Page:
Popularity of Dog Breeds in Various Countries

Note: This article capitalises proper names of dog breeds as per Fédération Cynologique Internationale (FCI) standard.

Although the domestic dog (Canis lupus familiaris) was domesticated from the grey wolf no later than 15 000 years ago and possibly tens of thousands of years before that, most modern breeds of dogs as we know them are generally no older than 500 years at most; the only outliers being ancient variants such as Basenjis and Dingoes that became separated from the main canine gene pool thousands of years ago and are classified as ‘Primitive types’ by the Fédération Cynologique Internationale. Given this short 500-year time frame with which to conduct selective breeding, the amount of diversity in dogs is phenomenal with approximately 300 to 400 different breeds recognised by various kennel clubs around the world.

Each breed of dog has been bred for a specific function (e.g. hunting, guarding, companionship, aesthetic display).  Geography has played a huge role in determining the popularity of different breeds in different countries.  As you’ll see below, even with the limited number of countries for which reliable data are available (finding information on the canine populations of developing and less developed countries is pretty well impossible, which means Africa, South America, and the Middle East are rather underrepresented here), the breeds of dogs preferred around the world are quite variant beyond a rather ubiquitous trio.

Data on dog registration from 32 countries around the world was used to compile these tables.  Top ten lists for each country were used except for Israel (top five) and India (top seven).  Countries for which recent data were available: Australia, Austria, Brazil, Canada, Czech Republic, Denmark, Estonia, Finland, France, Germany, Hungary, Italy, Israel, Italy, Japan, Lithuania, Netherlands, New Zealand, Norway, Philippines, Poland, Portugal, Russia, Singapore, Slovenia, South Africa, South Korea, Spain, Sweden, Thailand, United Kingdom, United States. These data represent only dogs registered with kennel clubs and thus may not be entirely representative of the general canine population.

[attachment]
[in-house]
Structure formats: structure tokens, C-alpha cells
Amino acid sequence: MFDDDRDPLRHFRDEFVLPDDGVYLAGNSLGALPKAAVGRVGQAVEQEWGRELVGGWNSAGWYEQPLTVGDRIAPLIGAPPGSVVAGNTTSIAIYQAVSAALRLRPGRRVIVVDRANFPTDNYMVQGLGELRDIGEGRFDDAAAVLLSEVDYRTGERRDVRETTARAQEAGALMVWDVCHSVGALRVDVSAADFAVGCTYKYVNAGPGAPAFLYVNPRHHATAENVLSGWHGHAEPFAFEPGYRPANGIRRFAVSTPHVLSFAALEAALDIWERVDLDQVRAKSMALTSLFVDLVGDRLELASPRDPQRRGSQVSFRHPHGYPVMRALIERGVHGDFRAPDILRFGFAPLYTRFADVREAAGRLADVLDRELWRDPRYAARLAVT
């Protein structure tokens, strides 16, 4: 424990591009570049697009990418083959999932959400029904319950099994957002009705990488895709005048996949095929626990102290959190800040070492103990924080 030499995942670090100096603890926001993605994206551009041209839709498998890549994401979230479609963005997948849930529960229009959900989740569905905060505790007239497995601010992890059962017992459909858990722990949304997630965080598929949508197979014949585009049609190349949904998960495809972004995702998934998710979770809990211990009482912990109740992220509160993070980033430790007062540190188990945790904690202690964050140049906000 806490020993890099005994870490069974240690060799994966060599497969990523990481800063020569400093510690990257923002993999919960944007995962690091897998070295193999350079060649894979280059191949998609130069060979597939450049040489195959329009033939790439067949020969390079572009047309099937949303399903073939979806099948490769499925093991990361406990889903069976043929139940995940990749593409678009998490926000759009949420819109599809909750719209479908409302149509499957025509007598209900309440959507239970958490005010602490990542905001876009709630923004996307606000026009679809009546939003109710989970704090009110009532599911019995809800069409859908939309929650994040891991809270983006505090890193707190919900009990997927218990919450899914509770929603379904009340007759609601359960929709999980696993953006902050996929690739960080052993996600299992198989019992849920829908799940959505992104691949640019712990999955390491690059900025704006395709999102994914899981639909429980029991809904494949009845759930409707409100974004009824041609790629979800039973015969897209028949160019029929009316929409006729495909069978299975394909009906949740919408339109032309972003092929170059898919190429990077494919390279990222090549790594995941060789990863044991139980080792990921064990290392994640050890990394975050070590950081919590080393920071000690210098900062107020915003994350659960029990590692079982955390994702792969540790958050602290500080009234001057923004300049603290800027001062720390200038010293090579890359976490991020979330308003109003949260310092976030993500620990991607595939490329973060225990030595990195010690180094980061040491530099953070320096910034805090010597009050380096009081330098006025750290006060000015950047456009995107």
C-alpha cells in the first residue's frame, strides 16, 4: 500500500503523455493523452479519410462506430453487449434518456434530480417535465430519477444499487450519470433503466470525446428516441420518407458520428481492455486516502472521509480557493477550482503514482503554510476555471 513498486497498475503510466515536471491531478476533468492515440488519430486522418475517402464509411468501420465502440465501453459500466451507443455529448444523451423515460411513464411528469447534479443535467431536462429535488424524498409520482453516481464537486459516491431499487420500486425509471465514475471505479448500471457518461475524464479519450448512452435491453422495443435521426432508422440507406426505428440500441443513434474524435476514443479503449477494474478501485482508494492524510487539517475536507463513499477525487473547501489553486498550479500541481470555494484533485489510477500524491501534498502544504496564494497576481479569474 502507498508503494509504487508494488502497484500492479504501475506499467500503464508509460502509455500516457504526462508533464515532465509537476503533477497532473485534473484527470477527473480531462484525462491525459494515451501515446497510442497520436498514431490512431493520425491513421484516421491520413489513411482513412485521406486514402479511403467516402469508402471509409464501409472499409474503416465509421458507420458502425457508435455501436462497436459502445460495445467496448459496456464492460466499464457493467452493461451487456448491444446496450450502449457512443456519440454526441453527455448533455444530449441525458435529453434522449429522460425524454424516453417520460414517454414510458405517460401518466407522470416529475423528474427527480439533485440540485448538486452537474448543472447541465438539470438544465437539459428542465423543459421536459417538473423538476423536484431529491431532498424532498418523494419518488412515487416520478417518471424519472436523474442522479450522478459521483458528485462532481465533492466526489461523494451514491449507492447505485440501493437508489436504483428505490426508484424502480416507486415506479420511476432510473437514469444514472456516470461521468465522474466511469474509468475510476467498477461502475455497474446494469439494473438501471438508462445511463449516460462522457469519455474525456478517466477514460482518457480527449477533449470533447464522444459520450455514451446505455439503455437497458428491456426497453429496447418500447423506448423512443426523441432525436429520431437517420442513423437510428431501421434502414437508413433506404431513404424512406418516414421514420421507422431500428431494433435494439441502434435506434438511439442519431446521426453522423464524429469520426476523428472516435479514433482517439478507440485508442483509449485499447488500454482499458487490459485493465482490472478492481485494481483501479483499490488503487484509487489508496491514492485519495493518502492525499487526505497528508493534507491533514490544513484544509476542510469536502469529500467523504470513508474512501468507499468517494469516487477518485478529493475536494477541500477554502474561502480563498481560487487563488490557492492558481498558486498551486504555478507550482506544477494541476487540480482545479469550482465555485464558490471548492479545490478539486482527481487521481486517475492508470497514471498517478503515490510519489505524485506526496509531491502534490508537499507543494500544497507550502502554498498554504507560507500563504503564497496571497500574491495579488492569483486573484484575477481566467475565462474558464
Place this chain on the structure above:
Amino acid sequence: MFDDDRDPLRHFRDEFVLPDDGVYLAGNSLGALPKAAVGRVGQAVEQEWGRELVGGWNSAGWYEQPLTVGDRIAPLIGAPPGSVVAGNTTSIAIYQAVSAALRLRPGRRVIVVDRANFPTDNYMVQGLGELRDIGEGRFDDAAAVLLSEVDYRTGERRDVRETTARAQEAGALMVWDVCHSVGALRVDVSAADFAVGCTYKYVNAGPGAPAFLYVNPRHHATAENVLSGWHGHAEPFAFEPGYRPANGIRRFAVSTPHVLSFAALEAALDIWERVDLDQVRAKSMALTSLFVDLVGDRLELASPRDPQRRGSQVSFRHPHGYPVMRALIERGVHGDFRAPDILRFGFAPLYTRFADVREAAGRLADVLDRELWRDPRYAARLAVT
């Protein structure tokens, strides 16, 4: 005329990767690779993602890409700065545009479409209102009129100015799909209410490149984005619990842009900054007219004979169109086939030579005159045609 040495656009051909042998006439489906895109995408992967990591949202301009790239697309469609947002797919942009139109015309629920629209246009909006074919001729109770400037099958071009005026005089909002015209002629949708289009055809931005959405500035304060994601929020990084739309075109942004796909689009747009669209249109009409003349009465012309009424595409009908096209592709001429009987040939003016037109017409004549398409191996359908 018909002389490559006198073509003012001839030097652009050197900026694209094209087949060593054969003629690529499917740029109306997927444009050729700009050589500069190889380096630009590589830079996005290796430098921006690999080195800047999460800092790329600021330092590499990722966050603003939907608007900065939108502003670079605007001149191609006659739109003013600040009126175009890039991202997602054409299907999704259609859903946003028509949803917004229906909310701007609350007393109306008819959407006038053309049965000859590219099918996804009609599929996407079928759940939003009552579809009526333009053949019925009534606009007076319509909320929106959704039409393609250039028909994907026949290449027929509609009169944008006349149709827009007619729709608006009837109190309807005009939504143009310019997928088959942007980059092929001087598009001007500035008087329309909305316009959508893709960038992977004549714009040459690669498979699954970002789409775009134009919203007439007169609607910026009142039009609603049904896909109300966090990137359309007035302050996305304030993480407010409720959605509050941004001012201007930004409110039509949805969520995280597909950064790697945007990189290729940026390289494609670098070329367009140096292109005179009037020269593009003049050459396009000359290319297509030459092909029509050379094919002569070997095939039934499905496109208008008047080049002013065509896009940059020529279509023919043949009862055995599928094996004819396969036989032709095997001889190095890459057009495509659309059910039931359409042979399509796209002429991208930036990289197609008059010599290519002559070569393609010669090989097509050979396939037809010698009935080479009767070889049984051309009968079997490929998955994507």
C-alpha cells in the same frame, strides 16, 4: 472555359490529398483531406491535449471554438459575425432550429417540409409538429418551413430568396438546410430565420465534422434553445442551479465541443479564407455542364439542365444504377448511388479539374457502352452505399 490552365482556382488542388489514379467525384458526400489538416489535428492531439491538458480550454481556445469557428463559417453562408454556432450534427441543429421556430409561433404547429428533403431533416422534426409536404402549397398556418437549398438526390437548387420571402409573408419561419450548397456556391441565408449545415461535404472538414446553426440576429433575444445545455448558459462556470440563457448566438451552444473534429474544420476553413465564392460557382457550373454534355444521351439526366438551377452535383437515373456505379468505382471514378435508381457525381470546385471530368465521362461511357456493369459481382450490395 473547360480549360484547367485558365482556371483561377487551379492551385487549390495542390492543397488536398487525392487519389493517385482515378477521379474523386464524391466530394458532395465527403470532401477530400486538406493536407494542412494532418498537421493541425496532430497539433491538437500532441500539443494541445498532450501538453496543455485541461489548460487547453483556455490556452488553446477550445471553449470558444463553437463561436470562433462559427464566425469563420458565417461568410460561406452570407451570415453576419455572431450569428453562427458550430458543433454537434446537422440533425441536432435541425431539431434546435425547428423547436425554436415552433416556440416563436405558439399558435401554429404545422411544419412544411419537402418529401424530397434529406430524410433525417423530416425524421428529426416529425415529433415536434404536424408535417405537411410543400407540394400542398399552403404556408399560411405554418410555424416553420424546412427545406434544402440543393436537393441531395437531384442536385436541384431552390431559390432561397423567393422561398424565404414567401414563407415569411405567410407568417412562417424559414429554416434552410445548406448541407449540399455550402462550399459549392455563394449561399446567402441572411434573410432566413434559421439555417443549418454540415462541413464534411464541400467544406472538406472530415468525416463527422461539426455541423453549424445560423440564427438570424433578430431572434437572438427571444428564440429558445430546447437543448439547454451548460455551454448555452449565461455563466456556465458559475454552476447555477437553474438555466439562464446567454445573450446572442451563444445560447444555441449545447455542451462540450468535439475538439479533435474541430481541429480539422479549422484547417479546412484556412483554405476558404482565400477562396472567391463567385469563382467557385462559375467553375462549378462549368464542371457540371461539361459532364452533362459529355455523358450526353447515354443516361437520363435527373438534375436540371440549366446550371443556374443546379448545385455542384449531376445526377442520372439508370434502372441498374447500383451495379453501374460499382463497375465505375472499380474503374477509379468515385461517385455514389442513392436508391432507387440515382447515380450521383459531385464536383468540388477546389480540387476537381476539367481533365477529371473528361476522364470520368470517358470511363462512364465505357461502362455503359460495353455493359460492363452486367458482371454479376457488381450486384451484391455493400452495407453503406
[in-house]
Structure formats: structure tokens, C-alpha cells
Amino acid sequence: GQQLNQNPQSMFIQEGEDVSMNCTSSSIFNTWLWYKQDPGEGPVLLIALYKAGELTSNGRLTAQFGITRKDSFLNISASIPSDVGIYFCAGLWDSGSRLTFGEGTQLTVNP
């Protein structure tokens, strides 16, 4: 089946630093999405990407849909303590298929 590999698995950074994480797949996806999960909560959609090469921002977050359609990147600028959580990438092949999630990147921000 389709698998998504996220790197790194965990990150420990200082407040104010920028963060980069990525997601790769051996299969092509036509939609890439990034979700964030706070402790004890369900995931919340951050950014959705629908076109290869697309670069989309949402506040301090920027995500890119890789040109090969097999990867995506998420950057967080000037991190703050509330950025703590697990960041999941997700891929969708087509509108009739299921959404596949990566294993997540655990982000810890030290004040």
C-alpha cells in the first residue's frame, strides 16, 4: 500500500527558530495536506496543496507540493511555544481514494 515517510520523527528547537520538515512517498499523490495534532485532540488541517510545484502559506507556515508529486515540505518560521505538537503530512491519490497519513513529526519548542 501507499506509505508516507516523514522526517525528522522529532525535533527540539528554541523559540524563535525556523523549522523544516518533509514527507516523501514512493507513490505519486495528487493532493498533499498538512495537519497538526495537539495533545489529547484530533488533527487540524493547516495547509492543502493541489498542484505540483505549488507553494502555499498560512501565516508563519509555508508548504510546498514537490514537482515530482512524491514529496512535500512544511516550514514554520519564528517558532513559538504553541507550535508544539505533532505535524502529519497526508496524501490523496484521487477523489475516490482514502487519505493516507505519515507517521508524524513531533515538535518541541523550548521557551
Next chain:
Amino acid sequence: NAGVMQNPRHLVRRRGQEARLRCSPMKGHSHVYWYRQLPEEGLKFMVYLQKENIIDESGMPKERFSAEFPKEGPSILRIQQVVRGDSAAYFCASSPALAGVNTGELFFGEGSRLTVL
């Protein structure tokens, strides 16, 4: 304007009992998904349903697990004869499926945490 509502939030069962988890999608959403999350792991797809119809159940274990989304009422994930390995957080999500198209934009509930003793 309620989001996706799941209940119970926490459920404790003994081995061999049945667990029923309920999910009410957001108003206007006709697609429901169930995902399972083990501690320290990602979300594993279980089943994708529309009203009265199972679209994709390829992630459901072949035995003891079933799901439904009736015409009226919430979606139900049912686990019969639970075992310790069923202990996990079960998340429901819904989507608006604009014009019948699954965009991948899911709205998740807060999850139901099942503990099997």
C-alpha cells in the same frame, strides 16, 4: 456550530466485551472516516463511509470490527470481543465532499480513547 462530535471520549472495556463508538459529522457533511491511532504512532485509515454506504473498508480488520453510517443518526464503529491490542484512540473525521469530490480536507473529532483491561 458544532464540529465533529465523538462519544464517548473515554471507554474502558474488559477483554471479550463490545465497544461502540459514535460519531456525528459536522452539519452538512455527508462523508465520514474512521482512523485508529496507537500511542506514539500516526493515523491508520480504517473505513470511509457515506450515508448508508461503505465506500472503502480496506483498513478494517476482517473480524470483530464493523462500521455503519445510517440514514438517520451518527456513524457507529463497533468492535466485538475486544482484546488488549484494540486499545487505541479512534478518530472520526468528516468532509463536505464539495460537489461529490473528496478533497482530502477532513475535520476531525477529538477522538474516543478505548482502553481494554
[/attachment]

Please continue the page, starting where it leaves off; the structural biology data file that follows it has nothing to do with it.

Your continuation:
Below, the complete table of top ten breeds for the 32 available countries (click on image to expand).

 

The first thing one notices looking at the table is the near-ubiquitous popularity of the medium-to-large sized Labrador Retrievers, German Shepherd Dogs, and Golden Retrievers, which appear on a vast majority of the 32 lists.  The exceptions are largely Asian countries, where there appears to be a distinct preference for toy dogs such as Poodles, Chihuahuas, Pomeranians, and various terriers (perhaps a reflection of the generally smaller living spaces in those countries making so-called ‘apartment dogs’popular).  The Yorkshire Terrier and the Chihuahua rank as the top toy dogs, enjoying popularity across a wide spectrum of countries.  Bulldogs are also popular across the board, although Anglophone countries tend to prefer English Bulldogs while Romance and Slavic-speaking countries prefer the French Bulldog.

Number of Placements of Dog Breeds in National Top Ten Lists (# out of 32 selected countries)

Labrador Retriever – 27
German Shepherd Dog – 26
Golden Retriever – 26
Yorkshire Terrier – 26
Chihuahua – 14
Rottweiler – 12
English Bulldog – 11
Boxer – 10
Cavalier King Charles Spaniel – 9
Dachshund – 9
French Bulldog – 9
Poodle – 9